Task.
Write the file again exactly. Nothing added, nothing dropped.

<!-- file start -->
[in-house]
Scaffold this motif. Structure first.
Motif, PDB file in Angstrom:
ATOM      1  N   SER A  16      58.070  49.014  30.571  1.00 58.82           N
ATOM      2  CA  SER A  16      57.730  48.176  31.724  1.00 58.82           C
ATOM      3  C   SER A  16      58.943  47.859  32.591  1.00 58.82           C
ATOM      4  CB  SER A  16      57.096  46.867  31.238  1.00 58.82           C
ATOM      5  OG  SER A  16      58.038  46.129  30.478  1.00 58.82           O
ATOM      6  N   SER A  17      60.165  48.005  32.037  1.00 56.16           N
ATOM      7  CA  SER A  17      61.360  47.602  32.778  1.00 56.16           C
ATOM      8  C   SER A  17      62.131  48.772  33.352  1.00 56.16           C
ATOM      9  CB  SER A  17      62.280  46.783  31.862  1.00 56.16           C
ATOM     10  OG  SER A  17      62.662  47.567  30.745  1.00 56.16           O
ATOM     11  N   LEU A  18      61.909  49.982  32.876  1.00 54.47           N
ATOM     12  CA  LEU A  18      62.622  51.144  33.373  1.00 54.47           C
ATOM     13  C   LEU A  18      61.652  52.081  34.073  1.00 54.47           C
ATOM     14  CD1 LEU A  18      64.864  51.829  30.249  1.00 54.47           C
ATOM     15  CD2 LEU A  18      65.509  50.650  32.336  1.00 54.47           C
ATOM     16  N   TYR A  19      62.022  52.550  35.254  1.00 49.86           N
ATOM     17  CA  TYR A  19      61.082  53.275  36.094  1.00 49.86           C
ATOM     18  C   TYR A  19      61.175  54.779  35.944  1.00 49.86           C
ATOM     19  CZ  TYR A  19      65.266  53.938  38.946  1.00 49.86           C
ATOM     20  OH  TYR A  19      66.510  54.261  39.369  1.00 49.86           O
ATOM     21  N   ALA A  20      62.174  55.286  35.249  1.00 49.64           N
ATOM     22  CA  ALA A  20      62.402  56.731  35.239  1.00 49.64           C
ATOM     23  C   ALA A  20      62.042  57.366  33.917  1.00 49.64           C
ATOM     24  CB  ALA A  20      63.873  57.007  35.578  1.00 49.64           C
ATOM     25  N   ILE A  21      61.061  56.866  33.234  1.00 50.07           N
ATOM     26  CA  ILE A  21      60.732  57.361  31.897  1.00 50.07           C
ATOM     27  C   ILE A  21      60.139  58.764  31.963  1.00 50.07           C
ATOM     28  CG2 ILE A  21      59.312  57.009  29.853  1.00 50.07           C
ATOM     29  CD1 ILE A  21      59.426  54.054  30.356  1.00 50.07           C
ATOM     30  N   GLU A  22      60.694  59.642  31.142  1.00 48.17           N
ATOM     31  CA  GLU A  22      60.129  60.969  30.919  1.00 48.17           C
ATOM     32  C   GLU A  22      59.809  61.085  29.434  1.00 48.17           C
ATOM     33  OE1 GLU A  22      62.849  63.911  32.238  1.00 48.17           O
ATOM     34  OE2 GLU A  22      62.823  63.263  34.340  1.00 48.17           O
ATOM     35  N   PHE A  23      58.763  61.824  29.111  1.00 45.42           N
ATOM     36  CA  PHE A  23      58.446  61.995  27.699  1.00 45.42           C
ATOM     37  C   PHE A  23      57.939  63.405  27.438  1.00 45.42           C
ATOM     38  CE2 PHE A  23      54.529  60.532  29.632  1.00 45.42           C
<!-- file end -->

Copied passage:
[in-house]
Scaffold this motif. Structure first.
Motif, PDB file in Angstrom:
ATOM      1  N   SER A  16      58.070  49.014  30.571  1.00 58.82           N
ATOM      2  CA  SER A  16      57.730  48.176  31.724  1.00 58.82           C
ATOM      3  C   SER A  16      58.943  47.859  32.591  1.00 58.82           C
ATOM      4  CB  SER A  16      57.096  46.867  31.238  1.00 58.82           C
ATOM      5  OG  SER A  16      58.038  46.129  30.478  1.00 58.82           O
ATOM      6  N   SER A  17      60.165  48.005  32.037  1.00 56.16           N
ATOM      7  CA  SER A  17      61.360  47.602  32.778  1.00 56.16           C
ATOM      8  C   SER A  17      62.131  48.772  33.352  1.00 56.16           C
ATOM      9  CB  SER A  17      62.280  46.783  31.862  1.00 56.16           C
ATOM     10  OG  SER A  17      62.662  47.567  30.745  1.00 56.16           O
ATOM     11  N   LEU A  18      61.909  49.982  32.876  1.00 54.47           N
ATOM     12  CA  LEU A  18      62.622  51.144  33.373  1.00 54.47           C
ATOM     13  C   LEU A  18      61.652  52.081  34.073  1.00 54.47           C
ATOM     14  CD1 LEU A  18      64.864  51.829  30.249  1.00 54.47           C
ATOM     15  CD2 LEU A  18      65.509  50.650  32.336  1.00 54.47           C
ATOM     16  N   TYR A  19      62.022  52.550  35.254  1.00 49.86           N
ATOM     17  CA  TYR A  19      61.082  53.275  36.094  1.00 49.86           C
ATOM     18  C   TYR A  19      61.175  54.779  35.944  1.00 49.86           C
ATOM     19  CZ  TYR A  19      65.266  53.938  38.946  1.00 49.86           C
ATOM     20  OH  TYR A  19      66.510  54.261  39.369  1.00 49.86           O
ATOM     21  N   ALA A  20      62.174  55.286  35.249  1.00 49.64           N
ATOM     22  CA  ALA A  20      62.402  56.731  35.239  1.00 49.64           C
ATOM     23  C   ALA A  20      62.042  57.366  33.917  1.00 49.64           C
ATOM     24  CB  ALA A  20      63.873  57.007  35.578  1.00 49.64           C
ATOM     25  N   ILE A  21      61.061  56.866  33.234  1.00 50.07           N
ATOM     26  CA  ILE A  21      60.732  57.361  31.897  1.00 50.07           C
ATOM     27  C   ILE A  21      60.139  58.764  31.963  1.00 50.07           C
ATOM     28  CG2 ILE A  21      59.312  57.009  29.853  1.00 50.07           C
ATOM     29  CD1 ILE A  21      59.426  54.054  30.356  1.00 50.07           C
ATOM     30  N   GLU A  22      60.694  59.642  31.142  1.00 48.17           N
ATOM     31  CA  GLU A  22      60.129  60.969  30.919  1.00 48.17           C
ATOM     32  C   GLU A  22      59.809  61.085  29.434  1.00 48.17           C
ATOM     33  OE1 GLU A  22      62.849  63.911  32.238  1.00 48.17           O
ATOM     34  OE2 GLU A  22      62.823  63.263  34.340  1.00 48.17           O
ATOM     35  N   PHE A  23      58.763  61.824  29.111  1.00 45.42           N
ATOM     36  CA  PHE A  23      58.446  61.995  27.699  1.00 45.42           C
ATOM     37  C   PHE A  23      57.939  63.405  27.438  1.00 45.42           C
ATOM     38  CE2 PHE A  23      54.529  60.532  29.632  1.00 45.42           C